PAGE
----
Natalie,The Trace GC has a leak check and column characterization built in. If these are not done correctly the flow through the GC will not be correct. After any column change or maintenance both need to be done. The flow controller has no way to measure the column flow. It calculates what the pressure should be for the column last characterized. It can only measure the Spilt, Purge and Total flow. So it gives a column flow readback that is a calculation based on characterization not measured flow. I just worked on a Trace that said the flow was 1 mil/min and actual flow was measured at 5 mil/min.Mike Elefante, PresidentElf Analytical Services, IncThanks for all the response!This issue is with our d15N AA CSIA set up, and we use the TFAA derivatization method. I've been testing the system with a suite if 14 pure AA's that have been derivitized, and the same suite injected on the old column separated tyr/lys well, but not on the newer columns. I swap the old column back in and I am able to get decent separation again. One of the BPx5 columns has slightly better separation than any of the other columns. Seemingly endless futzing with temp program and flow rate has not yielded a satisfactory separation to date. Sge and I went back and forth for ages, and they even sent me a new column in the efforts. They assured me that nothing has changed in the manufacturing, etc. In the end they just suggested that I try something other than the BPx5 (which is when we tried the DB5). Both the BPx5 and the DB5 show the same problem. I was kind of hoping that perhaps I was doing something stupid at the installation. With one of the columns I even tried a 12 hour initial conditioning instead of the 3 hour - same results.There is an observed broadening of the peaks, especially compared to the nice sharp peaks we were getting when the old column was newly installed back in 2011. Perhaps its the supply chain or something.Thanks for all the suggestions and food for thought!On Wed, Apr 5, 2017 at 1:50 PM, Robert Panetta <[log in to unmask]> wrote:Aloha Natalie,To understand, you install a new column and it fails. So you put the old one back and it works when injecting the exact same sample, correct? Is the bad seperation just overlap, or do they exhibit broadening/tailing?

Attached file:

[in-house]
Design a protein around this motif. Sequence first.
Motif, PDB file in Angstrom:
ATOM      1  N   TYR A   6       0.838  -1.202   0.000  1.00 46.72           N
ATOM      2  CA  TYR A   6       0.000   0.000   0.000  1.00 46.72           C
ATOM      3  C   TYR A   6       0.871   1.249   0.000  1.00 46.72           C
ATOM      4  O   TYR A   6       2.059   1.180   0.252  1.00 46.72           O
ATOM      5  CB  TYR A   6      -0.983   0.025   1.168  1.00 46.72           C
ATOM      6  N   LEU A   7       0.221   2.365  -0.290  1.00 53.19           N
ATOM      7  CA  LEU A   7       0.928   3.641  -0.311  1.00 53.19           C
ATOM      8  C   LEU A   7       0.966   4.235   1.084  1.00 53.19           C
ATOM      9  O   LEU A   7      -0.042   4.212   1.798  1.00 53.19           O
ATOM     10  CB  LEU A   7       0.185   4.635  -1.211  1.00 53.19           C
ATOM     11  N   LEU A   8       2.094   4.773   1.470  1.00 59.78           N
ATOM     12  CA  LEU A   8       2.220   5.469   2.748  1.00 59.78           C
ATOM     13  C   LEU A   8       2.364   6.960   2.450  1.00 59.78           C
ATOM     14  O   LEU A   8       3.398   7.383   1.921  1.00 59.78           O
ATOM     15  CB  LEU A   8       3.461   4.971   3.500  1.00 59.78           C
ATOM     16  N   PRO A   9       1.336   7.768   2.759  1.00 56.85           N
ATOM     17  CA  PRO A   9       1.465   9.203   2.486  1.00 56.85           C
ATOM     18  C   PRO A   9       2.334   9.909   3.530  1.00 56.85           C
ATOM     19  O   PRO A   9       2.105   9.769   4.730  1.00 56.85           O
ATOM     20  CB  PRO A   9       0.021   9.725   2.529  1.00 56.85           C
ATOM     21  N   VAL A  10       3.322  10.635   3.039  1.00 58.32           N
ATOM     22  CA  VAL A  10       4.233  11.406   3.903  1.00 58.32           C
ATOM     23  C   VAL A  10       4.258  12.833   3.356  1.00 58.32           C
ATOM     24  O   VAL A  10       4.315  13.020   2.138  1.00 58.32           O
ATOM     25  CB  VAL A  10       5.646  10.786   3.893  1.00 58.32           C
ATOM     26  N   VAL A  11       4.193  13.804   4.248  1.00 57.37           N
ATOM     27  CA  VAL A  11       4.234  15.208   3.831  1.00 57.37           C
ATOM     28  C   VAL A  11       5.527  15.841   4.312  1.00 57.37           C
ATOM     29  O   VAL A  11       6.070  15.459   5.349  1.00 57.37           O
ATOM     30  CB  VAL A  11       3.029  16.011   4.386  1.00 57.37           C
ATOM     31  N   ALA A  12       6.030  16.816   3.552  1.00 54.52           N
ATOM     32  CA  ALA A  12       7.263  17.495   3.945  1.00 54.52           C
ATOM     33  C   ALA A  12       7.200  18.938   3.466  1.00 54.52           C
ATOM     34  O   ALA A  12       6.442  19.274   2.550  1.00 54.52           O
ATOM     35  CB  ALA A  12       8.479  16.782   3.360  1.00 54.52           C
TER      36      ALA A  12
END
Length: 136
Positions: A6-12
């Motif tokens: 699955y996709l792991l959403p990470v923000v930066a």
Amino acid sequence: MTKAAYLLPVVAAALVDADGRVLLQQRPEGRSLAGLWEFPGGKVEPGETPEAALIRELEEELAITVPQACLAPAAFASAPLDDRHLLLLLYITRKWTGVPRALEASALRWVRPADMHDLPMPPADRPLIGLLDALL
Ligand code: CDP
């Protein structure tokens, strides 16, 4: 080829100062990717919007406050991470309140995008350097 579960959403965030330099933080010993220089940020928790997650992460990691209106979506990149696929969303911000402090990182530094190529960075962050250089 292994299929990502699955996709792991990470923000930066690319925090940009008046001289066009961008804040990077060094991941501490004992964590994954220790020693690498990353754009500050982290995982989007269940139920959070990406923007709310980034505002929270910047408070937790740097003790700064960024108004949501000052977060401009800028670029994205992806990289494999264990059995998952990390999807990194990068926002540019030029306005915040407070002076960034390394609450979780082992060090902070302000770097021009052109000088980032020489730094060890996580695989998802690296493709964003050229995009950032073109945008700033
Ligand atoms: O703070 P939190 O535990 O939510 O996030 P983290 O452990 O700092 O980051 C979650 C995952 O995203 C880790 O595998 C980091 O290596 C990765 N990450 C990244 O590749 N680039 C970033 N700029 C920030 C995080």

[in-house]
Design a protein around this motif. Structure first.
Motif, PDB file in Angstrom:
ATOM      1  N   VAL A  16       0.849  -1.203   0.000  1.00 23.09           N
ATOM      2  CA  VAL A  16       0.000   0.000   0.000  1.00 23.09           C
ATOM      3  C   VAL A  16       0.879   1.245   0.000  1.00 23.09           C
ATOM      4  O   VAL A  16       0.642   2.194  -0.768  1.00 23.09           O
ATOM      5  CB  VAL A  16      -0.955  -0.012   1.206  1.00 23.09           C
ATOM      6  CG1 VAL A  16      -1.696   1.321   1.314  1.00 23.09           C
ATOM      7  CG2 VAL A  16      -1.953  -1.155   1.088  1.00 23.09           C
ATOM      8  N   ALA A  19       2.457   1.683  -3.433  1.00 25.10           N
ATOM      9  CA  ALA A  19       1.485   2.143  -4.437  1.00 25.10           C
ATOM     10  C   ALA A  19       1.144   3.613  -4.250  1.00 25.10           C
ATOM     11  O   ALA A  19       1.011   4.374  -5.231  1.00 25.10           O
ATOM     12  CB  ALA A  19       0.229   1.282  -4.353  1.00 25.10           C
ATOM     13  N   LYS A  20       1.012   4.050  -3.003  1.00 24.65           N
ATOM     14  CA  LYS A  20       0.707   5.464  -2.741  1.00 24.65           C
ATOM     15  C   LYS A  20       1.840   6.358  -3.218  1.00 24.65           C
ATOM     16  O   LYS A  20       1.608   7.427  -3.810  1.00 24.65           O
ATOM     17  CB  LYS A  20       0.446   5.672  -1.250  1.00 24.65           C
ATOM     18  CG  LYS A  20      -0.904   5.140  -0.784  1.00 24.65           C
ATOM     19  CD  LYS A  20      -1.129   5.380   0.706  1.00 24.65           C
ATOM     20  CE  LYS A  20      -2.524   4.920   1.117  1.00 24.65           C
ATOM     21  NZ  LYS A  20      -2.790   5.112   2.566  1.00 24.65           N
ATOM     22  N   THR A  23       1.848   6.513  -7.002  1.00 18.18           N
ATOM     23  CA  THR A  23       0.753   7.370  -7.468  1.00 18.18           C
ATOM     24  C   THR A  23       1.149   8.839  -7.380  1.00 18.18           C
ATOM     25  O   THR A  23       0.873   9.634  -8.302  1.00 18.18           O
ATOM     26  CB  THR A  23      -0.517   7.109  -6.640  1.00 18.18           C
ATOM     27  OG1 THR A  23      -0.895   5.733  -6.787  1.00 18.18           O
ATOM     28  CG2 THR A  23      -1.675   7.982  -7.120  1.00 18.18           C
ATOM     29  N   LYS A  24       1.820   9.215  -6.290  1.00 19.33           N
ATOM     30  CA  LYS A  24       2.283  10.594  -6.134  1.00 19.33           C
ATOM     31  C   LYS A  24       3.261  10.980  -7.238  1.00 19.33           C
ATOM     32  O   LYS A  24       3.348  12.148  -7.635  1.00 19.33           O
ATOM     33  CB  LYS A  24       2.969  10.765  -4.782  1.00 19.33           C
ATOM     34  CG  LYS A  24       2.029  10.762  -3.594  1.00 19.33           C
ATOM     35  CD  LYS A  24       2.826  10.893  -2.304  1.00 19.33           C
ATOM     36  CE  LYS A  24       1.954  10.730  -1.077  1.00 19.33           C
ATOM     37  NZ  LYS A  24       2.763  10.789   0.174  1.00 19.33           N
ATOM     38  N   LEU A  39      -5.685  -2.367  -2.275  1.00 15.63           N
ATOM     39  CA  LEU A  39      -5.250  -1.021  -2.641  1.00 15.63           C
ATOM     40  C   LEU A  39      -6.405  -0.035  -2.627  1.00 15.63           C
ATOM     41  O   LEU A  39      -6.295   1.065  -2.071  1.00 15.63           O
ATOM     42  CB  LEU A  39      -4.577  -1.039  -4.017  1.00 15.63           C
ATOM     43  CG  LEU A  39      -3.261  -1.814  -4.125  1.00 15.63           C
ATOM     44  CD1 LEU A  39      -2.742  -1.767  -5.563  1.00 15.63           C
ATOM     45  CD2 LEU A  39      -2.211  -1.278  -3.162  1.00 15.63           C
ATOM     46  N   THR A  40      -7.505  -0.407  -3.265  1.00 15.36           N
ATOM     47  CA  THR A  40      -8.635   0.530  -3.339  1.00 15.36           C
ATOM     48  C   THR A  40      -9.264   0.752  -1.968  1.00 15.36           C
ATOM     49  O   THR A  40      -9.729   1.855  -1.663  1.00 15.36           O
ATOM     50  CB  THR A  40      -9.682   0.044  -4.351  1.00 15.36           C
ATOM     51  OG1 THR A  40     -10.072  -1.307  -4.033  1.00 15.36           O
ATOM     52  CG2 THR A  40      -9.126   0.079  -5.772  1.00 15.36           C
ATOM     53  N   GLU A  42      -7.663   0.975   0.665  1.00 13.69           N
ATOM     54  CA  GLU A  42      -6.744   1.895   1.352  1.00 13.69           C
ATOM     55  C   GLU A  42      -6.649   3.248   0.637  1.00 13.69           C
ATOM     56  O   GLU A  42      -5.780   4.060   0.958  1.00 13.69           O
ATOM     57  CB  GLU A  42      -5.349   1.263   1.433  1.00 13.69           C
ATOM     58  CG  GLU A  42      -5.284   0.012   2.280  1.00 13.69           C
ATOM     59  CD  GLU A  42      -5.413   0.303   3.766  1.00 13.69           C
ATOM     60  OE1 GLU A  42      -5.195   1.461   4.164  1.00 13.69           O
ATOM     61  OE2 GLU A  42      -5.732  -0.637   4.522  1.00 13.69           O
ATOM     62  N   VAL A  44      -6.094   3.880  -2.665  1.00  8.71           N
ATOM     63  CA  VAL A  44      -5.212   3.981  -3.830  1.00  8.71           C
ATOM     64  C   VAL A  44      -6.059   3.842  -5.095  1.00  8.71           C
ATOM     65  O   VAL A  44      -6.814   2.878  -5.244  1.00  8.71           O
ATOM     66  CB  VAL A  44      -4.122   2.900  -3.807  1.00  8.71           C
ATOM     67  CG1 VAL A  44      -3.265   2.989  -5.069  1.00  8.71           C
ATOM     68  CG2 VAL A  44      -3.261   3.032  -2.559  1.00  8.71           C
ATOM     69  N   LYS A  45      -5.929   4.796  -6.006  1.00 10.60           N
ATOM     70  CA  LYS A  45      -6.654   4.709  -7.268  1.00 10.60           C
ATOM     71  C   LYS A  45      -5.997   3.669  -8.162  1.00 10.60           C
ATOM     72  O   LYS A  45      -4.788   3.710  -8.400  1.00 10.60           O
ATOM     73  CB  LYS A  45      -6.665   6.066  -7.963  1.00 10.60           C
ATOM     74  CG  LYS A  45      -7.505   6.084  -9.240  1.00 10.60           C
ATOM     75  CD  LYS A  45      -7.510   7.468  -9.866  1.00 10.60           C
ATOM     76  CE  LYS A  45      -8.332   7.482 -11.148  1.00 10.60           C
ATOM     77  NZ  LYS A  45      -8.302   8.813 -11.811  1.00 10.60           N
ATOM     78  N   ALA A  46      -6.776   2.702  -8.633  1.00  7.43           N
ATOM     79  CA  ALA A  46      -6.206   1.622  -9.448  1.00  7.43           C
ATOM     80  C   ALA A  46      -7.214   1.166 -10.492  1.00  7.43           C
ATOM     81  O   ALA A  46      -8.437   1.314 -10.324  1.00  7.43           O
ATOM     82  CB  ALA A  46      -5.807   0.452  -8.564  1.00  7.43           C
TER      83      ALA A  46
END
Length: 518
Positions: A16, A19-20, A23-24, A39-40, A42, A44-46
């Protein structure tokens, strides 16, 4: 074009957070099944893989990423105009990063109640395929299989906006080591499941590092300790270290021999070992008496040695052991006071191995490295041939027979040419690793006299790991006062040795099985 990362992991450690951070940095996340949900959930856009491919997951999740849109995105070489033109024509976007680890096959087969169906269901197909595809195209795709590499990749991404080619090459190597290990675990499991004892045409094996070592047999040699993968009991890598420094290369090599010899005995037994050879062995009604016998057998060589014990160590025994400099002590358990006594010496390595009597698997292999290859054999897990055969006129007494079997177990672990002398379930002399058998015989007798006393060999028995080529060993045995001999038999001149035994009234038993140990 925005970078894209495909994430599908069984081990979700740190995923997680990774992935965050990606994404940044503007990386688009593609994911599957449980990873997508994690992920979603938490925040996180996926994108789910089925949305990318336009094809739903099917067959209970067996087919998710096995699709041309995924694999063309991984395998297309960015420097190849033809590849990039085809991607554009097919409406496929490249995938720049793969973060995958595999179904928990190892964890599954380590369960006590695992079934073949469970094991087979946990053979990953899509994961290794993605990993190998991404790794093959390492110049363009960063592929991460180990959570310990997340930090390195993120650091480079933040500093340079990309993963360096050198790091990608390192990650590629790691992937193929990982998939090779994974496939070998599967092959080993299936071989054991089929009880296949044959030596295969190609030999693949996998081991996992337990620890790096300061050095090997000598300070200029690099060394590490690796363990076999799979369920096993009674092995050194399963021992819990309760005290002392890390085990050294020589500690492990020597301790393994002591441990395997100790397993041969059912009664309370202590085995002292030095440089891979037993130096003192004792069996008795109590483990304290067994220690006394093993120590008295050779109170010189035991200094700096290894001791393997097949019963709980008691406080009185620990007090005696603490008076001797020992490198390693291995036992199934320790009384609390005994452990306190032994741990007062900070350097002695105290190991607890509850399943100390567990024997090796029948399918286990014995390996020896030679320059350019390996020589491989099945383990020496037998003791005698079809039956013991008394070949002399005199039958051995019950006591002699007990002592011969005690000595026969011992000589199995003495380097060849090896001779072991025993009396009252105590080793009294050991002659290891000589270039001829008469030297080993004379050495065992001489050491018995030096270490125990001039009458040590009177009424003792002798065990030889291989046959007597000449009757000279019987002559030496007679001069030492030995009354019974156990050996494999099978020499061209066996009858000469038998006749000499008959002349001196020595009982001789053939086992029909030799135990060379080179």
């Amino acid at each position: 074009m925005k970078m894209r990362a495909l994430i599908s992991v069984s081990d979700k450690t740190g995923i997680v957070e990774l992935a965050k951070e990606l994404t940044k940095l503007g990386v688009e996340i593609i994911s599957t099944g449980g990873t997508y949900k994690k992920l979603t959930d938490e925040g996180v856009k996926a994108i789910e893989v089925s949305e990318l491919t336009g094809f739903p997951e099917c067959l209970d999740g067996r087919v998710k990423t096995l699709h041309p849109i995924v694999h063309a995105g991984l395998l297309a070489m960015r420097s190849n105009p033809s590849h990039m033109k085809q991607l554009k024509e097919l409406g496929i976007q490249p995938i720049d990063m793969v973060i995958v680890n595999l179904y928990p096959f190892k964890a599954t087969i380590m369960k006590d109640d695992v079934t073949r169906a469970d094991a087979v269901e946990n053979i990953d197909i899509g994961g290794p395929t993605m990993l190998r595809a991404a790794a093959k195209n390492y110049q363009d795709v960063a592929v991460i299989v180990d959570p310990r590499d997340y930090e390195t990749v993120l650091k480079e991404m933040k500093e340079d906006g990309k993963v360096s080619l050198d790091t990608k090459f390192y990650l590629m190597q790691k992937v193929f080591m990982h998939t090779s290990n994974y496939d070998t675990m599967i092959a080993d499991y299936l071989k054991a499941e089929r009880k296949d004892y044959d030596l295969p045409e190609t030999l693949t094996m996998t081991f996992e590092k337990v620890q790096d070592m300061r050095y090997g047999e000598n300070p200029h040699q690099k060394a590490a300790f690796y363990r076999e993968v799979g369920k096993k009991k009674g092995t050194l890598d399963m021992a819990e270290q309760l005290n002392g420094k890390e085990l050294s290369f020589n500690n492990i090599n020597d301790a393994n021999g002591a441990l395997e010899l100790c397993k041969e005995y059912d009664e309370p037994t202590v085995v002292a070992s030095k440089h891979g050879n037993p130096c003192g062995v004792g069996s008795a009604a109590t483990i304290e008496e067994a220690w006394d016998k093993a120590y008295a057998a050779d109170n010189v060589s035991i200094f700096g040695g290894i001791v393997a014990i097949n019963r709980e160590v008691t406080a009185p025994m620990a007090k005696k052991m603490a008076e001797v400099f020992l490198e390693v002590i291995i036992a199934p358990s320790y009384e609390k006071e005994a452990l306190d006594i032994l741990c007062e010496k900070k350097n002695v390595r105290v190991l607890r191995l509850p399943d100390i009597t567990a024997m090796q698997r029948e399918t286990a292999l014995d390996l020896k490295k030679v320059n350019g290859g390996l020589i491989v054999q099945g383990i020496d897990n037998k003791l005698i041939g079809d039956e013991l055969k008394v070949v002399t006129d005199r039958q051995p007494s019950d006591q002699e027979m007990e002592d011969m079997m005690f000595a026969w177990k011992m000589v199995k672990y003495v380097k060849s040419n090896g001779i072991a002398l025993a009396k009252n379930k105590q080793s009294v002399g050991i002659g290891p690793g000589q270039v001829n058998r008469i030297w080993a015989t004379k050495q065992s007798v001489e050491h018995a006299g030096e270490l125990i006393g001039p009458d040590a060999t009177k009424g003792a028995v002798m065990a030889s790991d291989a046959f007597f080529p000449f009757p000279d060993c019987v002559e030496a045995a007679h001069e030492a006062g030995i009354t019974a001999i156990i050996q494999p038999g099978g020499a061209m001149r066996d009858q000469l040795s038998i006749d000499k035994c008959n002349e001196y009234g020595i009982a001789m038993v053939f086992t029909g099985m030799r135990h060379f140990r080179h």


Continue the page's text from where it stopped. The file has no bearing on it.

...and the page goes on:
If it's overlap then the new columns probably have slightly different dimensions or backpressure characteristics so playing with temperature or flows would do the trick. If it's broadening and/or tailing, then odds are you suffer from more active sites in the new column (could be due to a new manufacturing method, a change in the supply chain, relaxed QC, bad batch, etc.). Sigma used to sell an HDMS/BSA/TMSI cocktail for recovering packed columns, but I'm not sure if it worked for capillary columns. You could make your own cocktail and pray it fixes things, but I'd put more research into that one. Restek has the Rxi, which they advert as the "most inert column in the market". Could be worth a shot if it's an active site issue that's been introduced.
What does SGE have to say about the change in performance, anyway?
Malama pono,Robertp.s. chromforum.org/ is a great resource for this oneRobertOn Wed, Apr 5, 2017 at 5:08 PM, Natalie Wallsgrove <[log in to unmask]> wrote:Aloha All,I was wondering if anyone else has observed trouble with separation between tyrosine and lysine on newly purchased columns? Our aging column in one of our Trace GCs is starting to show its age, but we've tried several new columns and consistently get bad separation between tyr and lys (all other AAs look fine). We have historically used SGE BPx5 (60m x 0.32mm x 1.0um) columns with success, but we've tried multiple new BPx5 columns as well as an Agilent DB5 (also 60m x 0.32mm x 1.0 um) with the same results.Has anyone else had this trouble? The old columns were purchased in 2011/2012, and all the troublesome columns have been purchased since late 2015.Thanks! Natalie----